Tennessee Williams mocks Amanda's role as a mother. He chooses to expose the negative aspects of her temperament with harsh lighting rather than use softer lighting to focus on her softer and caring traits, for after she ascertains Laura is unhurt, she immediately thinks of suing the landlord about the dangers of the fire escape. Williams mentions that "cruelly sharp" lighting reveals her "aged but childish features as "satirically as a Daumier print." Daumier was a 19th-century French artist who gained prominence for creating caricatures—or exaggerations— of prominent people. "Ave Maria," or "Hail Mary," is a prayer to the Virgin Mary. Williams complements the use of lighting to highlight his negative treatment of Amanda's face with music meant to honor the Virgin Mary, thereby showing his contempt for Amanda as a mother. This is the second time Williams has used the Virgin Mary in connection with Amanda. In Scene 2 Laura justifies her deception about dropping out of business college by explaining she had no desire to cope with Amanda's "suffering look, like the picture of Jesus' mother in the museum."
In Scene 4 of The Glass Menagerie what character traits do Tom's apology to his mother and her acceptance of it reveal that strengthen their relationship?
Tom's "sheepish but sullen glance" toward his mother reveals his shame for his rude and crude behavior during their fight the previous night. However, it also shows his unwillingness to forgive and forget his mother's controlling nature—yet. He does soften when Amanda speaks from her heart and admits that her inability to curb her attempt to control her children is causing them to distance themselves from her. She knows she must rein in her anxiety and focus on Tom's and Laura's innate skills and abilities. Amanda makes Tom promise he won't become a drunkard because that is her biggest concern. Amanda fears Tom is following in his father's footsteps, and knowing how her husband's drinking has negatively affected their lives, she worries about her son's activities, too. Both have taken responsibility for their actions, though, and this acceptance is an important step toward a stronger connection. Nonetheless, in mid-confession, Amanda starts nagging Tom about eating breakfast. Old habits need more than a few hours of heavy thinking and a few moments of apologetic conversation to take root.
How are both Amanda's and Tom's empathetic and manipulative words in character for each of them in Scene 4 of The Glass Menagerie?
Tom's empathy for his mother after she admits her anxiety for his and Laura's futures and her praise for him as her "right-hand bower" reveal the complicated nature of their relationship. No matter how much she infuriates him, he loves her. If he didn't love her and respect her desperate attempts to keep them together, her persistent badgering probably would have chased him away long before their fight. When Amanda mentions she knows Tom has sacrificed his personal goals to work in the warehouse he despises, she is commiserating with his sacrifice for Laura and her. She tells him she has seen the letter from the Merchant Marines and realizes he will leave. Amanda is acknowledging his choice and giving him her blessing. But then, she exercises her manipulative strings by playing on Tom's affection and protective attitude for Laura, following it with accusations of his selfishness. She demands that he stay until he has found a man for Laura to marry. Livid with her, he storms out of the apartment. Once again their true feelings are still alive and gearing up for the next round.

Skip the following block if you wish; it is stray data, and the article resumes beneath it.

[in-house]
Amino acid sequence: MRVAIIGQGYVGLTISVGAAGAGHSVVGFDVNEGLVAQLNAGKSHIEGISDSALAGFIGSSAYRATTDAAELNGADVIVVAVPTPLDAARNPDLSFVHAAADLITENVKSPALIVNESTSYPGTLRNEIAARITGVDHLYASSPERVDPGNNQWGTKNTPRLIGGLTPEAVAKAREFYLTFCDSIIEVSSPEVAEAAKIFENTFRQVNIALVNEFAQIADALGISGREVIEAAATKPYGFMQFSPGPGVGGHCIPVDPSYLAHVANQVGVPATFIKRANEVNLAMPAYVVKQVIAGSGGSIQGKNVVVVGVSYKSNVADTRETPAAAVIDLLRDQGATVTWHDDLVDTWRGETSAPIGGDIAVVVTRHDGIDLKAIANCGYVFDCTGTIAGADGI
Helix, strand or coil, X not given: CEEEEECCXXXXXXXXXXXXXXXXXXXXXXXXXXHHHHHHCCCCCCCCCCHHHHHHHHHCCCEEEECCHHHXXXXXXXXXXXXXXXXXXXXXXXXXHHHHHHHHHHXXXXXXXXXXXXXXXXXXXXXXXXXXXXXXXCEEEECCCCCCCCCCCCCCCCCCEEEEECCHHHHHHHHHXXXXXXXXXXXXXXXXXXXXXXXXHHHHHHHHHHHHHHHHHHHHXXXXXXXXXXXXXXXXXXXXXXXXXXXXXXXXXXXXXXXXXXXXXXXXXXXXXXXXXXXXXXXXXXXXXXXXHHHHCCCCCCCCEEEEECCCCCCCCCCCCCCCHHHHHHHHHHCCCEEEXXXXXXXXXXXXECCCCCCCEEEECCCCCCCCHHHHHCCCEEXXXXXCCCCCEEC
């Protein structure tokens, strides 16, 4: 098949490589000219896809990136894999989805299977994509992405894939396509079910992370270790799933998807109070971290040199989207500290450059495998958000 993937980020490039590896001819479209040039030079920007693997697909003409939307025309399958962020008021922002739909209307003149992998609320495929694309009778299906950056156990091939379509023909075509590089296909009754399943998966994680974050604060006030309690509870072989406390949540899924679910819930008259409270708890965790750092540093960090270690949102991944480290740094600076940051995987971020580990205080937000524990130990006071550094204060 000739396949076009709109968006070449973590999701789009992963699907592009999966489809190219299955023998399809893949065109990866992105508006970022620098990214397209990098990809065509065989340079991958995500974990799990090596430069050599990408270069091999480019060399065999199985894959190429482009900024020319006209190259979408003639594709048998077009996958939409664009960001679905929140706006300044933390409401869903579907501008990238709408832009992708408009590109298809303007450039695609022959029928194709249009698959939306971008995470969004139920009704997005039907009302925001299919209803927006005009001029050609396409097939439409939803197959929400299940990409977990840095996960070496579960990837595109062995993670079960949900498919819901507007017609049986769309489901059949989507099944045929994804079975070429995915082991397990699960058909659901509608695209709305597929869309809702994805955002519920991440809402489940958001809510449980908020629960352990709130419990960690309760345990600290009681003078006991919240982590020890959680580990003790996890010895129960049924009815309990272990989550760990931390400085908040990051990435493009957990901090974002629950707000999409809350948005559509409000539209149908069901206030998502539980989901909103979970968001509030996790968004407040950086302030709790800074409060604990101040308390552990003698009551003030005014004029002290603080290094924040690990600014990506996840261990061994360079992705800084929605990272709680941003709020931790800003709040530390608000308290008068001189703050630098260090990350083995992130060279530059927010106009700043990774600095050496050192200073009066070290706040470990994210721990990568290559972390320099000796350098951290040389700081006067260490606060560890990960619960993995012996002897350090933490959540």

In Scene 4 of The Glass Menagerie why is Tom so appalled when Amanda asks him to help her secure Laura's future by finding his sister a husband?
Tom is appalled that his mother would ask him to search for man to invite home for the sole purpose of marrying his sister. Although he is not selling Laura for money, he is supposed to set his sister up for a financially secure future. By inviting young men to dinner to meet his sister, he is making arrangements for her with men. He is saved from being a sort of hustler because he is just inviting friends or coworkers to dinner without mentioning his sister's single state and his mother's hopes of an attraction that would lead to marriage. Still, his mother's request makes him feel uneasy. In support of Amanda, with her sheltered upbringing, it is doubtful she even understands the connotation of her request to her son, as such introductions might well have been the way matches were made in her circles.
How do Tom's references to Berchtesgaden, Chamberlain, and Guernica activate his sense of adventure in Scene 5 of The Glass Menagerie?
Tom craves adventure. He feels trapped in his life and is eager to get out on his own and experience some of the action he sees in the newsreels at the movies rather than remain hopeless in his warehouse job. According to Tom, there was action elsewhere but not where he was. Berchtesgaden is Adolf Hitler's retreat in the Bavarian Alps. By 1937 the news is full of reports about the German Fuhrer and his incendiary speeches about protecting the homeland and retaking land Germany lost in World War I. Neville Chamberlain, who was elected the Prime Minister of the United Kingdom in 1937, met with Hitler to try to avoid war through appeasement. The town of Guernica was destroyed by fascist bombs during the Spanish Civil War. It became notorious because the bombs targeted civilians, and the 1937 Picasso painting called Guernica became the liberal Spaniards' symbol for the violence inflicted on them during the war. Tom senses war is on the horizon, and these references inflame his desire to be part of the action.